Another word surrounded by confusion and fake rumours.

The ghost producer is usually the kind of job in which one operates in the shadows, behind the scenes of more or less important projects in the music industry, under great FEEs or royalties deals as a songwriter/author.

Talking about the term for a minute, the ghost producer is known to be the producer who gets paid a lot, or even worse, “the person who does the job instead of the artist”.

Today we are going to completely destroy these beliefs and create what I like to call the “true identity” of the ghost producer by explaining the dynamics for which certain choices are made.

First of all, the ghost producer can often also be the author/songwriter of a track, and this depends on and is regulated by confidentiality contracts with the artist.

The ghost producer usually creates the musical identity of the artist, who will instead be engaged in other activities related to their brand (performing music, touring, photoshoots, branding, influencer tasks, etc.).

By now we can already tell why many people like to criticize the “ghost-produced artist”, but I would like you to try to answer the below question:

Can an artist such as David Guetta, Tiesto, Martin Garrix, Dimitri Vegas & Like Mike dedicate himself to producing in the studio when he has 250 tour dates per year?

 Maybe, if they want to have a mental and physical breakdown within the first year.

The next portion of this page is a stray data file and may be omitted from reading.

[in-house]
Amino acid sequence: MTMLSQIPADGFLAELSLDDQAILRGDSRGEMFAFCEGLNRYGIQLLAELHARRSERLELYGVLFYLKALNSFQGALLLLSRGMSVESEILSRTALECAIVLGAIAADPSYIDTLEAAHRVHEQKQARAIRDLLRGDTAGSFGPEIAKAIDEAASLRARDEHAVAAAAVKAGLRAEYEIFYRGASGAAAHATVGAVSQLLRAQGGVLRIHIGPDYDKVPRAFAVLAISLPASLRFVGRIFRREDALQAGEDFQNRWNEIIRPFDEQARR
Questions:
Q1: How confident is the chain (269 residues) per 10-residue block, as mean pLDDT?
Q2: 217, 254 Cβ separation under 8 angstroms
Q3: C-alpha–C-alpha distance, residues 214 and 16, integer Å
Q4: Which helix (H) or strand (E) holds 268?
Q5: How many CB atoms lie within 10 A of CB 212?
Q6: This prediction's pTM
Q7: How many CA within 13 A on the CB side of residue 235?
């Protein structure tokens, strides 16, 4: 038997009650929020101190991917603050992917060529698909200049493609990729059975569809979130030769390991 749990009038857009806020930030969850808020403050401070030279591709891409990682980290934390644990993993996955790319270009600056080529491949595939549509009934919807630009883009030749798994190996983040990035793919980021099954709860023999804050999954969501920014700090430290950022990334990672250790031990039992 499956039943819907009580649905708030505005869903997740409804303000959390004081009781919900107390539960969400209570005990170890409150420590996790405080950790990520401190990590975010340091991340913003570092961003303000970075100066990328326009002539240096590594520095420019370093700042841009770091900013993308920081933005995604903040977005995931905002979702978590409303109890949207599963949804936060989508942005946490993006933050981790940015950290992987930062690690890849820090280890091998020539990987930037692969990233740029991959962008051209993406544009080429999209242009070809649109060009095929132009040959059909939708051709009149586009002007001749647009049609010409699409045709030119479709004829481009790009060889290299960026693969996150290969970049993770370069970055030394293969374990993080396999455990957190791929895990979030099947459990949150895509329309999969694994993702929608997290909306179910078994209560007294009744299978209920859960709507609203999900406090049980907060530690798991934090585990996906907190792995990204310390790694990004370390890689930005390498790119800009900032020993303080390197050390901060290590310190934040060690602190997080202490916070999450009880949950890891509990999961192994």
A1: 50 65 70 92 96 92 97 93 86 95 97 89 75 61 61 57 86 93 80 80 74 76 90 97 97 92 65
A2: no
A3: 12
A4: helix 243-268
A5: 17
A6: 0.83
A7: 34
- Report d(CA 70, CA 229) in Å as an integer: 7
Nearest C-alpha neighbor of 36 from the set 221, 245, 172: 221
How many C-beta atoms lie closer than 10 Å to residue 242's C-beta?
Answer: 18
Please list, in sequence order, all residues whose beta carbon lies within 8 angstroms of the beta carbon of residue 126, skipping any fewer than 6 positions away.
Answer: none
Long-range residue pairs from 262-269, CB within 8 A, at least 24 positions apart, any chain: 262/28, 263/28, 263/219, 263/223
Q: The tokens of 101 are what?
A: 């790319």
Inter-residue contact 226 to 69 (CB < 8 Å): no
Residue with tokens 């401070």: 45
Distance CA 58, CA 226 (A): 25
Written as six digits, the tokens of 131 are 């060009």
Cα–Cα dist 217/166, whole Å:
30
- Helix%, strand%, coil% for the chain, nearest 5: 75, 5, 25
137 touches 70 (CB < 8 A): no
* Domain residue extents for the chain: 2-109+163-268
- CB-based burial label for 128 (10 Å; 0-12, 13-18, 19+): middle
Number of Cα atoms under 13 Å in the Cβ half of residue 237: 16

Is it possible that the artist X who has 250 tour dates per year also has to manage social medias, their own label, their own songs and deals and so on..? ABSOLUTELY NOT, OF COURSE.

I guess even from this short paragraph you will understand how important the role of the ghost producer is for a big artist, and for THE WHOLE MUSIC BRAND TO WORK SUCCESSFULLY.

The artist will not earn any money without music, obviously.

NB: this isn’t a worldwide rule. There are artists that prefer produce their music and do less tour, artists that want only release music, it definitely depends on the single business model. 

Generally, artists-entrepeneurs tend to delegate the musical/production process to thrid parties called ghost producers.

This is why these 2 roles are really connected and essential for each other.

Just think of the artist as a big brand or company. Do you know any big brand or company without dozens of employees? I don’t think so, unless you live in a parallel world.

Now moving on to the practical part: being a successful ghost producer will require taking decisions to understand where you want to place and how to create your career:


You can choose a wide target, i.e. many customers you will never actually meet, who buy your productions at medium-high prices paying a fee OR you can choose a specific target – even one or 2 artists only – with whom you can grow your brand/reputation.

The 2 things can also be easily coordinated, as the second option will be a long term match with the artist if you start from 0.


choose your genre(s). You can specialise only in house or trap, as well as decide to do everything, which always leads to the usual question though:

better 1 thing done at the best of your knowledge or many things done mediocrely?

Personally, in this case I decided to do more genres, but it took me years to reach an high level on all of them.




e.g. 2500€ per production and for the sale of all rights related to the track.